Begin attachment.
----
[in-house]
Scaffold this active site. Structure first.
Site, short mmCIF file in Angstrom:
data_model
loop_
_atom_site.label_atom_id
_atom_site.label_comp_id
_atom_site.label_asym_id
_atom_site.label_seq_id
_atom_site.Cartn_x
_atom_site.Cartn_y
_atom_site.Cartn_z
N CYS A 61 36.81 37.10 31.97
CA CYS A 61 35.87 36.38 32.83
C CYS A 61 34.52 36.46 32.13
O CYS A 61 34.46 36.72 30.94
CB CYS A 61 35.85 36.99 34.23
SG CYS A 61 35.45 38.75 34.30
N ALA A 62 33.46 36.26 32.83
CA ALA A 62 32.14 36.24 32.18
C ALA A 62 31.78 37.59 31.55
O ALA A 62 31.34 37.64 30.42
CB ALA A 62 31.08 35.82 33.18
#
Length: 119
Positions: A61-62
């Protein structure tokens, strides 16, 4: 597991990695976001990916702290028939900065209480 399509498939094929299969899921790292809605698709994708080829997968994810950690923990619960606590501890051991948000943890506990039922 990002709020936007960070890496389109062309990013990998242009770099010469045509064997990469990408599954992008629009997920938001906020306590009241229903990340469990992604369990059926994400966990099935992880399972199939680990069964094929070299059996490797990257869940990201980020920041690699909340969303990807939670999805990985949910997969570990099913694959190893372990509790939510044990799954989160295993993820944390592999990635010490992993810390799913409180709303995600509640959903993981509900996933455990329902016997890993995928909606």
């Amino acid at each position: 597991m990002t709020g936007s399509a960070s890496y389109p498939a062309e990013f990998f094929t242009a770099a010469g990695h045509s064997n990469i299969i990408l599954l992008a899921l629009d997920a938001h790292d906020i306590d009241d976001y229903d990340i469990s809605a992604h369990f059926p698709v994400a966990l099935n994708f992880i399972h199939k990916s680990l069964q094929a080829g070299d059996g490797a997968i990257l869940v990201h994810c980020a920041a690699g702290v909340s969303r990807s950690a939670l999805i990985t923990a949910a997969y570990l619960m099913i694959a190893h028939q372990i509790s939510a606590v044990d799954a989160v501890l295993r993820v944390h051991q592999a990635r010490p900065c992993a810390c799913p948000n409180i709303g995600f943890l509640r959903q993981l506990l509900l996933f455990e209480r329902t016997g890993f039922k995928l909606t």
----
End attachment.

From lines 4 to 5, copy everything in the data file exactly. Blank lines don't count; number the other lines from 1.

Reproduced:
data_model
loop_